As marketers in the food and drink sector we compete in a global showcase against brand names and iconic images.
If I were to offer you a soft drink of cola, your immediate thought is most likely Coca Cola or a cheeseburger, most of us would channel thoughts towards McDonald’s.
Whether you like these products and brands or not, that is the power of marketing a brand.
A strong marketing strategy by these large global companies, costing billions of pounds, has paid off and now instantly recognisable to you. As you go about your daily life in everything you do you are confronted by brands and images that your brain processes without even thinking about it.
Here in Scotland we have a very well-known and recognised global brand and that is the ‘Scottish’ brand, instantly recognised and known as a quality product across all continents.
Overseas exports and sales continue to expand and selling our brand and image was never more crucial. From the hills and glens across the Highlands to the rough and rugged coastlines, and everything in between, it sets the scene for provenance and a Sottish narrative which we should never undervalue.
Whisky and salmon have been a huge success story in the international arena on many fronts – quality products, available all year round, great origin behind the products and both scream ‘Scottish provenance’.
This success needs to be protected and that is the job of Food Standards Scotland (FSS). An agency which is the intelligence body that protects consumers and producers from unscrupulous traders who are duping the public with putting jobs and business reputation at risk.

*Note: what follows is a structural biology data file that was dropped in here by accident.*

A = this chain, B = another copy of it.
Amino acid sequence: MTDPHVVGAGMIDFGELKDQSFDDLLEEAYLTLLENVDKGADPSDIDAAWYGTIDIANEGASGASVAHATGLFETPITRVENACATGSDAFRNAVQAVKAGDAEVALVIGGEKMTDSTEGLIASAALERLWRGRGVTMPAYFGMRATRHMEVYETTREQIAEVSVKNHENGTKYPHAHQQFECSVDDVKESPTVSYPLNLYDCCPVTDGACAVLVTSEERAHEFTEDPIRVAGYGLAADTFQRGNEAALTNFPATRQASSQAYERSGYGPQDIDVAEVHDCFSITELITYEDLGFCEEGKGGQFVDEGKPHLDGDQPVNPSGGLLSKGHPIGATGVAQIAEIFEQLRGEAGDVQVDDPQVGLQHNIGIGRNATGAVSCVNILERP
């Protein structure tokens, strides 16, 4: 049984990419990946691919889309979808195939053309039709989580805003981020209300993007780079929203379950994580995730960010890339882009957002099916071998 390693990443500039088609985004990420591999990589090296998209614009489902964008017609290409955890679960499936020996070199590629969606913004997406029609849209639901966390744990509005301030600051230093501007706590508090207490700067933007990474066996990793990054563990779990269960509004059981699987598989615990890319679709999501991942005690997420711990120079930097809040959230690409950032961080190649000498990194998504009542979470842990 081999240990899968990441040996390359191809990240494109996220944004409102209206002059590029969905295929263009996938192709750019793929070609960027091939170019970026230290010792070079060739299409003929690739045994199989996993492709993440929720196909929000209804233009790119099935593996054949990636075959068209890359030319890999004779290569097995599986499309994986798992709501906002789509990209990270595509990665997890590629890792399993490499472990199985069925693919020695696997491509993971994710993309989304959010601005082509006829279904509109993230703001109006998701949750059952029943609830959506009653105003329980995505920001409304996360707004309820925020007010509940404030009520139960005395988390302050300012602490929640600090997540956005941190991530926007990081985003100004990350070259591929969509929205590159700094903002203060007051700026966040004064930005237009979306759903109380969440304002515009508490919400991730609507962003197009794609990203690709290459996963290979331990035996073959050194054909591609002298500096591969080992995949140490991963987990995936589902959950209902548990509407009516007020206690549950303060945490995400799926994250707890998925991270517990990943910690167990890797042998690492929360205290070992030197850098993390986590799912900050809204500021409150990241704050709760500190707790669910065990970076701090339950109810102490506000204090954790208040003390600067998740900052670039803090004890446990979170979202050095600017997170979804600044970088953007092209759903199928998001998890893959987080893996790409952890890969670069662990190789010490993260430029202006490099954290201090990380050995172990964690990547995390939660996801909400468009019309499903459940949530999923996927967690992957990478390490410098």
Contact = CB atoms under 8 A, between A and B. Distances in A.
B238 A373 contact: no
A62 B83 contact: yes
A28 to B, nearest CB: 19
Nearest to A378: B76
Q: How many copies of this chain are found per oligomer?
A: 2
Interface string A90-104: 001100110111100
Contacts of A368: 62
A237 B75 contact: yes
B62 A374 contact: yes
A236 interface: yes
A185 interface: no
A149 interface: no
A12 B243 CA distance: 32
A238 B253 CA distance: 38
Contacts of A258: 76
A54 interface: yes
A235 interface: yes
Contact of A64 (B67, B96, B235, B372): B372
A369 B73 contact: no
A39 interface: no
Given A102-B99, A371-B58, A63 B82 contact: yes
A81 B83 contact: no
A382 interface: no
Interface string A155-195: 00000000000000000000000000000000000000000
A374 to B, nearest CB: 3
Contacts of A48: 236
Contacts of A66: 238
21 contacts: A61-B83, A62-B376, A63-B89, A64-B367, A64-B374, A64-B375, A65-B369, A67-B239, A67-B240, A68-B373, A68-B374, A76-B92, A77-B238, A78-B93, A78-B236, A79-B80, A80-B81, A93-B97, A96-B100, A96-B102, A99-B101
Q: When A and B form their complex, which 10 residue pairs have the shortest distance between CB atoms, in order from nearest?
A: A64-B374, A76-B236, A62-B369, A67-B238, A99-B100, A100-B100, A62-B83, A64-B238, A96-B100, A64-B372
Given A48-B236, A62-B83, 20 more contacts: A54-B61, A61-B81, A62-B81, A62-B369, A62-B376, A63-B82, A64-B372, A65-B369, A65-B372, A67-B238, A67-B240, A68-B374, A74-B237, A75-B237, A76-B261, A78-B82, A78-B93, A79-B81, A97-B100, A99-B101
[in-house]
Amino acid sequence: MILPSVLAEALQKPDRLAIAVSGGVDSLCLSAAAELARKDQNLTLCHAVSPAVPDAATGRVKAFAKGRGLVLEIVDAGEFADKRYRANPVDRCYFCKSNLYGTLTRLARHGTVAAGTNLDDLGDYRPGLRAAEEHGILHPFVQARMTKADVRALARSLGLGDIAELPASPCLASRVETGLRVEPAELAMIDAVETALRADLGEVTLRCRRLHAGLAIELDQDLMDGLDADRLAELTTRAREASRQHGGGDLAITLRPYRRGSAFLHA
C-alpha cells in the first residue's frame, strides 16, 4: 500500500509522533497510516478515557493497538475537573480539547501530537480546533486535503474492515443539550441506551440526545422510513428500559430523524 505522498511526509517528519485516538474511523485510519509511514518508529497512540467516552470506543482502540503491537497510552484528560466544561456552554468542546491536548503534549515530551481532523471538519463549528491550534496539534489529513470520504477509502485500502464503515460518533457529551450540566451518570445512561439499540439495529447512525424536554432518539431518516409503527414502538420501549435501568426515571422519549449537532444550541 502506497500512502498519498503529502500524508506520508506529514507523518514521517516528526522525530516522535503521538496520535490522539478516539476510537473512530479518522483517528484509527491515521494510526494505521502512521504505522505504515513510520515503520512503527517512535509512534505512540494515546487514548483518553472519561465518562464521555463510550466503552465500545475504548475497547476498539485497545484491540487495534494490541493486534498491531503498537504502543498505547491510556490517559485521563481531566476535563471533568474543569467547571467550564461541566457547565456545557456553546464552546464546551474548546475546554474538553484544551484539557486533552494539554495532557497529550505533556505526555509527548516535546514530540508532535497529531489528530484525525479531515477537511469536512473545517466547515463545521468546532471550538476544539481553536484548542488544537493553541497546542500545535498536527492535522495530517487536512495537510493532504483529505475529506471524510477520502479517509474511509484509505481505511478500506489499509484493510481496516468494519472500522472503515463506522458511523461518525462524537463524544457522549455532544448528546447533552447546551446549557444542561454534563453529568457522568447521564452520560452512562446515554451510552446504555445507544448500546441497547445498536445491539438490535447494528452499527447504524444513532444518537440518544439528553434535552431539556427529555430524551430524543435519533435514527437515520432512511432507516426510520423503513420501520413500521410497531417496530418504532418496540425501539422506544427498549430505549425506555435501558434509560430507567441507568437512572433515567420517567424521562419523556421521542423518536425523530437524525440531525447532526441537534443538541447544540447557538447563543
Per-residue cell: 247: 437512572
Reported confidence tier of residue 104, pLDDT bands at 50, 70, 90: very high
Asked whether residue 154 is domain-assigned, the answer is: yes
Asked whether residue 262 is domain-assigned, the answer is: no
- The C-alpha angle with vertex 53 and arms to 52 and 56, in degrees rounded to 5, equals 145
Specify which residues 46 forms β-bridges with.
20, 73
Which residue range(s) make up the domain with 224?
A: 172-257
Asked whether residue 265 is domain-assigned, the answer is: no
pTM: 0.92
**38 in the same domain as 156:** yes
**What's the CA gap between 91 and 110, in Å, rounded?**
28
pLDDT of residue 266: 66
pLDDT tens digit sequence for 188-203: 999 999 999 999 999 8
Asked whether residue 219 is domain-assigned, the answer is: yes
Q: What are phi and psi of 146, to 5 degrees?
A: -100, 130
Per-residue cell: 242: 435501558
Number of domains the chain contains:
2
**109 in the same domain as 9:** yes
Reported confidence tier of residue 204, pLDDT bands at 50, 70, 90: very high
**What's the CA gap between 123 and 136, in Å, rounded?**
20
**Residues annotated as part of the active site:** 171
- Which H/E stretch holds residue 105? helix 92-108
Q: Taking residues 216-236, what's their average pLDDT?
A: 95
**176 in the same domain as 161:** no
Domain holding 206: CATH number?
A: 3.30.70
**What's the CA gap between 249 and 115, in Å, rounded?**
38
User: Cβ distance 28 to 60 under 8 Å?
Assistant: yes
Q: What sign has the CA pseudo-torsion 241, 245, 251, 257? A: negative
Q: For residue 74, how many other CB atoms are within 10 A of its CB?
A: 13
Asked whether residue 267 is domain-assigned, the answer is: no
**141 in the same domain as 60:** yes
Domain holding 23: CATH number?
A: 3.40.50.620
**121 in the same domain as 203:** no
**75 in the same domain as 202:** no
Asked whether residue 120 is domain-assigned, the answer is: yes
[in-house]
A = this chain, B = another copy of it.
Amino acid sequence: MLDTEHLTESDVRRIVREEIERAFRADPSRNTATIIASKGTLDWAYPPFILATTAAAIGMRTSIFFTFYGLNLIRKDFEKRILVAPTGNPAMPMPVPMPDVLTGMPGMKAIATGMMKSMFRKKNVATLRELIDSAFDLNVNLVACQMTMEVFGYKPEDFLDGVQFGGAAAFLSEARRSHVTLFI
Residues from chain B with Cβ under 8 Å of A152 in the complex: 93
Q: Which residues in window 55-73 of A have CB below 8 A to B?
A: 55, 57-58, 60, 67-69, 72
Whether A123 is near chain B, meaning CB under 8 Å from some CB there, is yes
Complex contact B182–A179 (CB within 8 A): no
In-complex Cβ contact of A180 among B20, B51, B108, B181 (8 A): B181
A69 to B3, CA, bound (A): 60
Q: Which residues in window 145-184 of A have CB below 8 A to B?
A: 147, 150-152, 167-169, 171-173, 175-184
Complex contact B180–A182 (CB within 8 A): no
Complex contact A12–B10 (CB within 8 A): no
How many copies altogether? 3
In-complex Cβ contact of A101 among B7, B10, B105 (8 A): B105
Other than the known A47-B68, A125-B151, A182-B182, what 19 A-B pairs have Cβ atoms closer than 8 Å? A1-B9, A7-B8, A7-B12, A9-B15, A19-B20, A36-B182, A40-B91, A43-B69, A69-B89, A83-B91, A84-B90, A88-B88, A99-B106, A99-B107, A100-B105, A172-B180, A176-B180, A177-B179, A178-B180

Sadly, since the days of the Horsemeat scandal, never has it been more important that we protect consumers, and the significance of the companies that supply the markets.
Branded products can attract premium returns however; we need to appreciate why. Rules and regulations are costly to businesses and the variables in cost of production with living wage, pension contributions, business rates, energy costs, cost of raw materials, packaging and transport all contribute to overheads that have to be absorbed into production expenditures, pushing the cost of premium products up.
Regional branding is equally of importance and how it fits into that Scottish niche. Aberdeen City and Shire is a brand in its own entity that we need to promote and secure its place now and for the long term.
The oil and gas energy sector is predicted to decrease over the next 35 years. Now is the time to prepare for securing prosperity by way of increasing our regional brand as a place to do business.
With world-renowned universities, oil and gas energy hubs, tourism, food and drink and so many, now is the time to prepare and lay foundations for the next generation. This all leads back to strength and power of brand – let’s lead the way by using our expertise and marketing to sell the north-east as part of ‘Brand Scotland’.